Tuesday, January 10, 2012

Violence Increasing in Mapuche Conflict

Police in the volatile Araucania region received gunfire in a series of attacks that have escalated in the past several days. In the most serious attack, two officers were hurt by shotgun pellets during a confrontation with masked assailants Jan. 10. Earlier, a police vehicle and another carrying journalists also were hit by gunfire. In late December, an officer was shot in the arm as he escorted a logging company truck. Meanwhile, Mapuche leaders denounced police after a member of Carabineros scuffled with a woman holding a baby and aimed his weapon at her. The incident, captured on video, gave protesters evidence of excessive force Mapuches have been complaining about. Arson attacks have occurred in recent months too, as the conflict over ancestral lands shows no sign of abating. But it has not disintegrated into all-out chaos. Talks between government and Mapuche leaders continue, and the violence remains largely contained to certain hot spots. Still, it's a security problem Chile's leaders have yet to get under control.

Thursday, January 5, 2012

A Closer Look at Chile's New Assault, Er, Relief Ship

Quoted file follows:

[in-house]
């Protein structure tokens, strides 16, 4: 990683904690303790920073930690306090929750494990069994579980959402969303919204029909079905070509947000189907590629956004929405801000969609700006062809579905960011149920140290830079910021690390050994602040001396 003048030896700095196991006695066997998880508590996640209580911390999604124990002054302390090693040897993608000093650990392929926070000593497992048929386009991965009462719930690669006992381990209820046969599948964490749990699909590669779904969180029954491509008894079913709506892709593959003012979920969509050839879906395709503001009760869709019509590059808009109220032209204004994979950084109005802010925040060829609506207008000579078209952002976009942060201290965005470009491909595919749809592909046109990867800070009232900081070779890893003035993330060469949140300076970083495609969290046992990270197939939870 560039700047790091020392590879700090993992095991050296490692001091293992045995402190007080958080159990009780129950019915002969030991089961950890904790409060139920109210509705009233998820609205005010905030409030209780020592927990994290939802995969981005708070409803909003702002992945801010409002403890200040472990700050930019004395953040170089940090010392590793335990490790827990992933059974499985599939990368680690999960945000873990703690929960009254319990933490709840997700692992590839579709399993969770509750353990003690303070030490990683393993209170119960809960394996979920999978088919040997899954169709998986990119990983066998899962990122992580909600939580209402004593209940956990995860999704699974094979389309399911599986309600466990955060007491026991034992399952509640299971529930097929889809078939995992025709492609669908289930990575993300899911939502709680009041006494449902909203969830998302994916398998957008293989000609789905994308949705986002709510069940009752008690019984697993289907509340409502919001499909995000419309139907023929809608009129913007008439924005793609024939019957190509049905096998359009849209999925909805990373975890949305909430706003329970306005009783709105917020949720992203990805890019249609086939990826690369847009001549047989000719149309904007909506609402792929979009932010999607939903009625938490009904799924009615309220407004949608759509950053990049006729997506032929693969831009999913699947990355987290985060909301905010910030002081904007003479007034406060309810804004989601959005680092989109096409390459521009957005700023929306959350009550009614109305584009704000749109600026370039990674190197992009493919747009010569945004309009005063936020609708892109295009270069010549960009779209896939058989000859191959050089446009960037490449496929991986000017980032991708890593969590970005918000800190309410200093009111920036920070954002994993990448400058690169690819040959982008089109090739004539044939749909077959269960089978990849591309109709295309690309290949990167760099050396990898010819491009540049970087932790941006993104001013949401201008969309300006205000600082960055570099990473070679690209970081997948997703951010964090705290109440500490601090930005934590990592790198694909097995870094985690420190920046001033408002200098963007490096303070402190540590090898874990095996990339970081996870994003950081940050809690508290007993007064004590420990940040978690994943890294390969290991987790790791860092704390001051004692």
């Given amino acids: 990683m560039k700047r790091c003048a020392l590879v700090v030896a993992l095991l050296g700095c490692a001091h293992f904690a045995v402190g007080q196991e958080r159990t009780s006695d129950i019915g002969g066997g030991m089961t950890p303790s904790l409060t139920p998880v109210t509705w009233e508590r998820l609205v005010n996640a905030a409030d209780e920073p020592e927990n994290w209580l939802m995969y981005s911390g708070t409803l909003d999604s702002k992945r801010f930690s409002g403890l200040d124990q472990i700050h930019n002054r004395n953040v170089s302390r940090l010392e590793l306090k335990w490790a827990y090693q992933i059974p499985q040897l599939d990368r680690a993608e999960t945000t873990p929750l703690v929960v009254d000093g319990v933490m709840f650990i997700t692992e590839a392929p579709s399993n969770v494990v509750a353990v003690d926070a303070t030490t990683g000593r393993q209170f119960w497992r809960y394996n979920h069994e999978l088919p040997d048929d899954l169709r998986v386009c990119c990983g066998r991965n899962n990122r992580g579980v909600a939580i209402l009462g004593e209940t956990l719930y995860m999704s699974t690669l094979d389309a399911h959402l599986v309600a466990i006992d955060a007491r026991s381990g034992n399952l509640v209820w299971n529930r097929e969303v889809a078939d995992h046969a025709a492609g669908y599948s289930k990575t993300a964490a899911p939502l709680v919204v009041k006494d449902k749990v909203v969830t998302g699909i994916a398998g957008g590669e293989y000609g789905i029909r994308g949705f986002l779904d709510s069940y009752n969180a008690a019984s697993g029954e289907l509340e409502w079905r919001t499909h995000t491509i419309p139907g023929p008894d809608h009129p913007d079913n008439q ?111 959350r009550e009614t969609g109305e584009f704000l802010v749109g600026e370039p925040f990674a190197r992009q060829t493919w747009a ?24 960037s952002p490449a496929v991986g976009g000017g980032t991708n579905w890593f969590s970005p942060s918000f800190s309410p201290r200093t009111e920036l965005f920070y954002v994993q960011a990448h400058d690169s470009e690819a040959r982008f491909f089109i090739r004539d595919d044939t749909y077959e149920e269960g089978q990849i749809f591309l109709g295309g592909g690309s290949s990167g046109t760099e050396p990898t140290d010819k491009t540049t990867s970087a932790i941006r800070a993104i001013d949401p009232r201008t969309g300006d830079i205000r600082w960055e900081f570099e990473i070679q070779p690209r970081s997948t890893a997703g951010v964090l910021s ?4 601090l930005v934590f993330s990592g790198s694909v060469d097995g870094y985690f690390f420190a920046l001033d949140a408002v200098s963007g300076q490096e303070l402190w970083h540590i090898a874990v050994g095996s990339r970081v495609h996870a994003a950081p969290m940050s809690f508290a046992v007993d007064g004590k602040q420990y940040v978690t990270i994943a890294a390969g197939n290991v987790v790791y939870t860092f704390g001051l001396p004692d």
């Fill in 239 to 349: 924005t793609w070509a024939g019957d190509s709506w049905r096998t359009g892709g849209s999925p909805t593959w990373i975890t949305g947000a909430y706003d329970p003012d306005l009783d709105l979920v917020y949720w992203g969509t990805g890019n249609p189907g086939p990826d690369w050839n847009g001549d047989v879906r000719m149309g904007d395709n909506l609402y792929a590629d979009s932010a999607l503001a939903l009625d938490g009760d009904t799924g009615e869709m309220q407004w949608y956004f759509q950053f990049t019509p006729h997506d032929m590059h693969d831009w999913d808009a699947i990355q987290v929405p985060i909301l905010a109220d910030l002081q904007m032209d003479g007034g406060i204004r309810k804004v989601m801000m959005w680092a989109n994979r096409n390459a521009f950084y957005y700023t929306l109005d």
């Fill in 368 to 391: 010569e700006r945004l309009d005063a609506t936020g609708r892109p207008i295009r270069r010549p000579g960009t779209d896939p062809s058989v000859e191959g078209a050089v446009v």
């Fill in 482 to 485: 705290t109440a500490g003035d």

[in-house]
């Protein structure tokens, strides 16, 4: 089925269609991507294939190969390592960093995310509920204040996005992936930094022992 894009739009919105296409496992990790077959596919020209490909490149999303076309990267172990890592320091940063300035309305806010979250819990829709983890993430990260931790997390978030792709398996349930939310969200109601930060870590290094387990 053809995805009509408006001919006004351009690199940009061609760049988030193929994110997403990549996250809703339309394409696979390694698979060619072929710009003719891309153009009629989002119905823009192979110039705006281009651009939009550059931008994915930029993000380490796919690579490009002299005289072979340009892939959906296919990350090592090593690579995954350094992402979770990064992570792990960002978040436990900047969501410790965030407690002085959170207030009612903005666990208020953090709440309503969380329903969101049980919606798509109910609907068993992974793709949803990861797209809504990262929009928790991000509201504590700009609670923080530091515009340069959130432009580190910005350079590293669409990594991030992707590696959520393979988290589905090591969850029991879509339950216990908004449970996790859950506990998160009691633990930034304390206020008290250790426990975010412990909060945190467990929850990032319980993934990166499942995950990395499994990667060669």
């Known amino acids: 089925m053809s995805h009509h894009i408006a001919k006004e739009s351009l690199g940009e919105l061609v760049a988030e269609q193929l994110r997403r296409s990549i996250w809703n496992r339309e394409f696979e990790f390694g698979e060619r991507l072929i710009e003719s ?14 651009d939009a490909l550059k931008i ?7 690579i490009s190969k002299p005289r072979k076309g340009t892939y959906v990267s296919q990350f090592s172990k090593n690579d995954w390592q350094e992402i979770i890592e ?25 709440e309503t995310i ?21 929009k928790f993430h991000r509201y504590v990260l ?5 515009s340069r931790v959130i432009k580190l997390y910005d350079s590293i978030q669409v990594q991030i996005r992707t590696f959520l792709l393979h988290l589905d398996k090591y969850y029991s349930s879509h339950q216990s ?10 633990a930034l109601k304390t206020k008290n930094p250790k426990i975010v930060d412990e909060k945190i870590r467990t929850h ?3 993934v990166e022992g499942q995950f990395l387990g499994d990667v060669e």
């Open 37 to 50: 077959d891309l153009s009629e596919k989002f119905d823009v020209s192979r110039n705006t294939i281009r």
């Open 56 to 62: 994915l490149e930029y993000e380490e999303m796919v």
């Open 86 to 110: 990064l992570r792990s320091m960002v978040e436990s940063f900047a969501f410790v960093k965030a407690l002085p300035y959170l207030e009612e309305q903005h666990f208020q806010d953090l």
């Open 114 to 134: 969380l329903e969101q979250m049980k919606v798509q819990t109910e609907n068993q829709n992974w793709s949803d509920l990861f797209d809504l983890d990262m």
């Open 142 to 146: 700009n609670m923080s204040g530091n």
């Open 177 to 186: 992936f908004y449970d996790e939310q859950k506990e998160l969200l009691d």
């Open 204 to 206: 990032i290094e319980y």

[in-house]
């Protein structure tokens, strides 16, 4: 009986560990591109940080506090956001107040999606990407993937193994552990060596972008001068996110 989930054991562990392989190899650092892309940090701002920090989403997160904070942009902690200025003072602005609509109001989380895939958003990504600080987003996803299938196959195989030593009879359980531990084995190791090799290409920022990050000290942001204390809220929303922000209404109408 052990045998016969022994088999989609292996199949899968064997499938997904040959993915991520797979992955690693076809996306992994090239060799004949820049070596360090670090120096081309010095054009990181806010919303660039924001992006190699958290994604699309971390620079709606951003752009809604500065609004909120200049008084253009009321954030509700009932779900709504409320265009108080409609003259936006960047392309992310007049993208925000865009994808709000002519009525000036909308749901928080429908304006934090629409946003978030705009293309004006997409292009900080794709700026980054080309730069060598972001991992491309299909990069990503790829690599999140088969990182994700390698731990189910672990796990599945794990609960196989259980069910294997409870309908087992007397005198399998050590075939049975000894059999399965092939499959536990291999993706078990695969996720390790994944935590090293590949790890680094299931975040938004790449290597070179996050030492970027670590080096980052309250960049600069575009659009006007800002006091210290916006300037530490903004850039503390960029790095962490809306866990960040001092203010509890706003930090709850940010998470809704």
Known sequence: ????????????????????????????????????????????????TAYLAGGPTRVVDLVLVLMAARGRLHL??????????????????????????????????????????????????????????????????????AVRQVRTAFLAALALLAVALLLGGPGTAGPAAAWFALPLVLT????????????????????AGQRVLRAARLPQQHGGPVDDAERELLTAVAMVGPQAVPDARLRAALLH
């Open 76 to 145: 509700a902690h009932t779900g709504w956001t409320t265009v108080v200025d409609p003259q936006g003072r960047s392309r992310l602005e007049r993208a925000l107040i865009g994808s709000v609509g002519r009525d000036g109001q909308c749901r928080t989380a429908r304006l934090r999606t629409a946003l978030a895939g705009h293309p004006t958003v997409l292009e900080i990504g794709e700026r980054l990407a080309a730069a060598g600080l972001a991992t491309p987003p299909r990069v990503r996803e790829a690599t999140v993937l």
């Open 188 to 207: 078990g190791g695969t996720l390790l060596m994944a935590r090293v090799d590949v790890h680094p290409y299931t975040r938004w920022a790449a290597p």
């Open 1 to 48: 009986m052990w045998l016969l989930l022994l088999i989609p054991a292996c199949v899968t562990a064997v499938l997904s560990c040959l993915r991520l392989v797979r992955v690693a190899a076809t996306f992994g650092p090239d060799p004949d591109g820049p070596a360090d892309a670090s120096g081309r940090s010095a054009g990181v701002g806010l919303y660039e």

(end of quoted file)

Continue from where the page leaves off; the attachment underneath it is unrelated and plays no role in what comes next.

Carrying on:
The Navy officially took ownership of a second-hand landing ship in December and is quickly moving to get the vessel in operating order. Already, at least two Cougar helicopters have been purchased from civilian operators and could serve as the airlift arm of the ship. The ex-French Foudre, rechristened Sargento Aldea, can operate up to three helicopters simultaneously and can accommodate up to seven similar-sized helicopters, including four in its hangar. Chile also bought from the French a tank landing vessel and two barges that can operate from the well deck. The 12,000-ton vessel (fully loaded) has a maximum speed of 20 knots and can sail 11,000 miles without refueling, assuming a normal cruise speed of 15 knots. Commissioned in 1990, the ship can carry a mechanized infantry battalion of 467 troops, making it Chile's principal force-projection asset. has more details on capabilities and on-board equipment. As a relief ship, Sargento Aldea can load up to 1,600 people plus its crew of 224. It is ideal for disaster relief operations, thanks to a hospital suite that includes 51 beds, two operating rooms, a dental clinic, an X-ray room, a lab and even a burn unit. A single mission could have handled the recent evacuation of the volcano-stricken Chaiten community and could have carried the entire tonnage of the airlift that followed the 2010 earthquake. It is this type of civilian-friendly mission that makes acquisitions of multi-role ships politically attractive in just about any country. For Chile in particular, amphibious ships are essential because many isolated island and southern communities rely on the Navy for some basic services. The Sargento Aldea could be in a Chilean port as early as this month.